WILLIAM W. EVANS, a well-known publisher of maps and directories living at No. 260 Villa street, Elgin, was born in Quebec, Canada, February 13, 1839, a son of James and Mary (Carpenter) Evans. The father, a native of county Galway, Ireland, served for some time as lieutenant in the British army, and as a retired officer he received half pay for forty years, from the time Napoleon was sent to St. Helena. After his emigration to Canada he married Mary Carpenter, who was born in Pennsylvania, of English and German descent, but was reared in Canada. There the father died in 1859, when in his sixty-fifth year, and the mother passed away April 8, 1888, aged eighty-seven years. Both were earnest, consistent Christians, members of the Methodist Episcopal church, and Mr. Evans was a local preacher for that denomination, in which capacity he was known throughout the greater part of the province of Ontario.
Of the twelve children born to this worthy couple, seven are still living, namely: Frances, wife of Richard Wood, of Toronto, Canada; Louisa, widow of William G. Stephens, and also a resident of Toronto; Elizabeth, wife of Henry L. Boss, of Caro, Michigan; James C, a resident of East Saginaw, Michigan; Henry T., an editor living in Texas; William W., of this sketch; and Robert F., who is a clerk in the auditor's office of the Michigan Central railroad at Detroit, Michigan.
William W. Evans commenced his education under the able direction of his father, who was a classical scholar and a teacher for many years. Subsequently he attended the high school at Simcoe, Canada, where he studied the languages and higher mathematics. During early life he learned the printer's trade, at which he worked in many places until finally locating in the Canadian oil regions, where oil was first discovered during our Civil war. Here he was employed on "The Oil Springs Chronicle," the first paper of the kind published in Canada, and subsequently he purchased the paper, remaining there two years. On selling out he removed to Watertown, New York, in 1865, where he worked on a daily paper for a year and a half, and then entered the service of Hamilton Child, a directory publisher at Syracuse, acting as compiler and superintendent for ten years, during which time he assisted in the publication of directories of forty-two counties in New York and three in Pennsylvania. On leaving that firm he returned to the province of Ontario. Canada, where, on his own account, he published directories of many counties and some cities, remaining there for ten years and meeting with good success in the undertaking. In 1888 he came to Elgin and got out the first gazetteer and directory of Kane county, and since then has compiled a second edition and also two editions of the city directory for the publishers, Lowrie & Black. Our subject has also published a map of Kane county.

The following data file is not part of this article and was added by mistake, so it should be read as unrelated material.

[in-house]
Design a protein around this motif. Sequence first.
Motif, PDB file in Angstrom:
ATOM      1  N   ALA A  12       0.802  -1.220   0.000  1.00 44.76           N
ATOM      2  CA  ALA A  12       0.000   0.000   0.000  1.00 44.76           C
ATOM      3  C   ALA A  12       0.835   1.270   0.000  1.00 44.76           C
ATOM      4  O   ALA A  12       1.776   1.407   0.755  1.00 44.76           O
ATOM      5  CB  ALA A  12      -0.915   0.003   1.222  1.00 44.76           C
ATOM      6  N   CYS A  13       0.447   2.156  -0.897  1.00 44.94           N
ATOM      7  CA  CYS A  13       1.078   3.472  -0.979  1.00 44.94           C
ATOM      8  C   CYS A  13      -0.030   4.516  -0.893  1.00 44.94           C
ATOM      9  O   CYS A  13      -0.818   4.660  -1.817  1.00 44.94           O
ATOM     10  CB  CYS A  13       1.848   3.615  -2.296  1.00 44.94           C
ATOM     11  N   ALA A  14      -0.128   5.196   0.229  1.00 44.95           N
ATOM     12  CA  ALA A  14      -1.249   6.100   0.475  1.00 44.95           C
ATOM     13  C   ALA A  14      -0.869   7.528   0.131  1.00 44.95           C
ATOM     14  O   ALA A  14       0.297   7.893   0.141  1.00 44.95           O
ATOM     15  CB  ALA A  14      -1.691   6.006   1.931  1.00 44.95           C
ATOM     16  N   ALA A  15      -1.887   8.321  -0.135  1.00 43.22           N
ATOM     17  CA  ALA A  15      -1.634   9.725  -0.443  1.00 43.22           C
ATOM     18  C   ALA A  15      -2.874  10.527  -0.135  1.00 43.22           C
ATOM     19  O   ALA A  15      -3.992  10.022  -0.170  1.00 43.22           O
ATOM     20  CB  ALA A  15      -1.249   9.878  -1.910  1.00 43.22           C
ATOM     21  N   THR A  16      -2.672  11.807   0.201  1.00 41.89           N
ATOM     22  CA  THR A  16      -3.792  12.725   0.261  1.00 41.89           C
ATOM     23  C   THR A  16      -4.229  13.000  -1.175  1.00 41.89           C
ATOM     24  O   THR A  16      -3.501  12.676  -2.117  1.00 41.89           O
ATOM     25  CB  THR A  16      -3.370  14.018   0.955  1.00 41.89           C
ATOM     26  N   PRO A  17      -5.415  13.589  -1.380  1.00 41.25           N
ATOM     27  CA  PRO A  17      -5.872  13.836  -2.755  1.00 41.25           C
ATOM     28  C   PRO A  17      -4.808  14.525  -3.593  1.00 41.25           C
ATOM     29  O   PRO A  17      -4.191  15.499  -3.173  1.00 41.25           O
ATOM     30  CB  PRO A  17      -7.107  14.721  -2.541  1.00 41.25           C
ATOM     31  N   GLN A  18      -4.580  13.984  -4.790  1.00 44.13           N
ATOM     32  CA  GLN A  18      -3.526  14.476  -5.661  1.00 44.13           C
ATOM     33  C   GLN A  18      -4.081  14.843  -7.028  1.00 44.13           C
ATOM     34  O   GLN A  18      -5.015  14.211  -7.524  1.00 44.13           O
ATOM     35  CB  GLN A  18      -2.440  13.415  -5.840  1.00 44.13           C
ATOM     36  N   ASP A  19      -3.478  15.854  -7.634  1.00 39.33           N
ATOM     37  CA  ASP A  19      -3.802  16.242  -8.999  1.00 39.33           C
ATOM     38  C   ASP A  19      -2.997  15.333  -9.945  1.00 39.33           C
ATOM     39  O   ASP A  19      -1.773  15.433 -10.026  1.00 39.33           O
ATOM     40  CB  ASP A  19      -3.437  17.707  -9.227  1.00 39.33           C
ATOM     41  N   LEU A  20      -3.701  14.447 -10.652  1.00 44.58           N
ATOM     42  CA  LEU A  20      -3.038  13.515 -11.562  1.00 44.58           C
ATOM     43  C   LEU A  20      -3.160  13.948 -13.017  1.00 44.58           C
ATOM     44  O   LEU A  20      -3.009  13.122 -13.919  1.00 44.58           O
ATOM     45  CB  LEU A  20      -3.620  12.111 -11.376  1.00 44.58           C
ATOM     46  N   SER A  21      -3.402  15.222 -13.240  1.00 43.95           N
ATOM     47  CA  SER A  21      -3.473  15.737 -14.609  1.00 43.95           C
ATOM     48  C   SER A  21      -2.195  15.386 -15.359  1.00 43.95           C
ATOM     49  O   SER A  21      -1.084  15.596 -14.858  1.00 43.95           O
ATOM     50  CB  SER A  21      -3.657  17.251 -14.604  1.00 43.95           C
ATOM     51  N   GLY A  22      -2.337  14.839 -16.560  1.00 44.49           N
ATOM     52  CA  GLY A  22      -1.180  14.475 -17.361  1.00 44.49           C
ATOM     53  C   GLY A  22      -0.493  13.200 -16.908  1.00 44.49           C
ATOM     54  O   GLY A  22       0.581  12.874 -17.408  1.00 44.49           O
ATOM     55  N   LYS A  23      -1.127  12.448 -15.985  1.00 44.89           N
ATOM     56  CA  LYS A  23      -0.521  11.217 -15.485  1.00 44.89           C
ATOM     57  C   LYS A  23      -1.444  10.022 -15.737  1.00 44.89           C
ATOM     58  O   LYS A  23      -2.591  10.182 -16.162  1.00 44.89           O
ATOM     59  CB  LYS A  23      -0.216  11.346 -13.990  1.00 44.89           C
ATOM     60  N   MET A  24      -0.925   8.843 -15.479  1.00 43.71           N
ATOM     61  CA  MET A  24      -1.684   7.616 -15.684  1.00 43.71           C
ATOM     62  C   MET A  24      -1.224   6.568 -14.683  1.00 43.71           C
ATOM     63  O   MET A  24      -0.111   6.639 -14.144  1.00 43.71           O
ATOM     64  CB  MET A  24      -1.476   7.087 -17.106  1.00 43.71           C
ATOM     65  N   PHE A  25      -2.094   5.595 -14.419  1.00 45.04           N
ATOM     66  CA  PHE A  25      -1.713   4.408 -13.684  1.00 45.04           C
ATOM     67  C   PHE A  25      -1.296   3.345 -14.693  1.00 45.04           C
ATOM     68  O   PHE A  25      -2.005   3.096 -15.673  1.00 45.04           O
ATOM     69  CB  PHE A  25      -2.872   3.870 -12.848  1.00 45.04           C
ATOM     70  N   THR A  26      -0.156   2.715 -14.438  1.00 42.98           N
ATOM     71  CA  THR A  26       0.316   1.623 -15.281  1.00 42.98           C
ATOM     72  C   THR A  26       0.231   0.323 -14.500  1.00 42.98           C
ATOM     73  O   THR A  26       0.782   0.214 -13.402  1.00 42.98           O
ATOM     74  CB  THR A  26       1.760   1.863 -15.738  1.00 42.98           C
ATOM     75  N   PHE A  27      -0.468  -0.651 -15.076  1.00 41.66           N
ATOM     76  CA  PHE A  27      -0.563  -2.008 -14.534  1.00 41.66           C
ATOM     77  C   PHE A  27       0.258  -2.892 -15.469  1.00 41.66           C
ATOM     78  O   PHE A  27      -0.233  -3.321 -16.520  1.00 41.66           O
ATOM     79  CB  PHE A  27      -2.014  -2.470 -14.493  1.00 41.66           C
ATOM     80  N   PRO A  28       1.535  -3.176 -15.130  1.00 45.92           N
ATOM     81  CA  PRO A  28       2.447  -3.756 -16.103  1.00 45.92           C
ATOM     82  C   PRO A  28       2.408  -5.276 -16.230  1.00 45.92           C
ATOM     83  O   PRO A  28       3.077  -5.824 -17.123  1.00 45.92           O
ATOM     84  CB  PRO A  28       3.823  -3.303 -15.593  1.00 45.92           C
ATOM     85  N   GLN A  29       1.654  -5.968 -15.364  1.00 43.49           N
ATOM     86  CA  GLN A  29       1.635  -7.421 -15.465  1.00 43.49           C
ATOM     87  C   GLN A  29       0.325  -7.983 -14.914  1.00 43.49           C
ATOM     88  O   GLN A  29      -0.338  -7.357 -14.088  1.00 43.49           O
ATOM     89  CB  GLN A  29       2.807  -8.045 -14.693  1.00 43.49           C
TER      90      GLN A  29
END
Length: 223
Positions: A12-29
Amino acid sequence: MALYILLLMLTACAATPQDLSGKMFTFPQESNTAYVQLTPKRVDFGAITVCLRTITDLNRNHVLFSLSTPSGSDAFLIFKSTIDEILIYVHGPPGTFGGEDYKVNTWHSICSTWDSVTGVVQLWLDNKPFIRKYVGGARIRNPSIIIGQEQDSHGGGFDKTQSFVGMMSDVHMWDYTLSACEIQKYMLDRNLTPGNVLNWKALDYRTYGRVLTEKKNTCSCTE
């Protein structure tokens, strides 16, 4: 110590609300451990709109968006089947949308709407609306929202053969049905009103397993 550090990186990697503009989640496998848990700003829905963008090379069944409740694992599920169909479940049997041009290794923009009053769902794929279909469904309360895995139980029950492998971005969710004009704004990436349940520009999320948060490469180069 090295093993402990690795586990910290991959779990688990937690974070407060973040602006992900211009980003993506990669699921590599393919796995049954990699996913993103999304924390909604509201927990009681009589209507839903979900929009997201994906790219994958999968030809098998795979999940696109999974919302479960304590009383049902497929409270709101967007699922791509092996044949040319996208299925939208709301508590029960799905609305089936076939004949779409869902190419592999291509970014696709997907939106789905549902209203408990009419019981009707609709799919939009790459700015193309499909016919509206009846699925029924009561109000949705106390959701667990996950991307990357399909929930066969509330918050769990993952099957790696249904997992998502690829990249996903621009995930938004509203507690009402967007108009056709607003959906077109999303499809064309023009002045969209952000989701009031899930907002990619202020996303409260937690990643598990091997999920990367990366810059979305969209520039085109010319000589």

In Watertown, New York, Mr. Evans was married to Miss Nellie Waters, of Loughborough, Canada, a daughter of Bulkley Waters, a farmer and tanner of that country. Three children bless this union, namely: Hamilton, a machinist, of Elgin; and Eva and Dora, who are both employed in the watch factory at this place. The parents and children are all members of the First Methodist Episcopal church of Elgin, -and are the center of a large circle of friends and acquaintances. Politically Mr. Evans is in sympathy with the Republican party.
DANIEL B. MOORE - This age is not wholly utilitarian. On all sides we see some earnest souls laboring devotedly to bring about a recognition of some higher principle in life than-selfish greed, and stimulating in the hearts of others a desire for spiritual progress. The friends of Mr. Moore will see in his years of faithful work in all forms of religious endeavor a source of present good to the community, and long after he has entered into his final rest his influence will continue in everlasting circles.
Mr. Moore, who is now a highly respected citizen of St. Charles, Illinois, was born January 7, 1829, in the town of Leroy, Genesee county, New York, and belongs to a family that was established in New Jersey at a very early day in the history of this country. His grandfather, John Moore, was a native of that state, and successfully engaged in the occupation of weaving throughout his active business life. He was a well-educated man, and held numerous public positions of honor and trust.
John C. Moore, our subject's father, was born in New Jersey, in 1796, and about 1804 removed with his father to Seneca county, New York, becoming a pioneer of that region, where, in the midst of the wilderness, he grew to manhood. There he was married to Elizabeth Bovee, who was born on the Mohawk river, in Schoharie county, New York. He was also a weaver by trade, and after following that occupation in Seneca county for some years, he removed to Genesee county, locating on a farm. Subsequently he lived for a time in Monroe, Niagara and Livingston counties, but returned to Genesee county, where he died in January, 1877. His wife, who survived him for some time, passed away at the age of seventy-eight years, and her remains were interred by his side.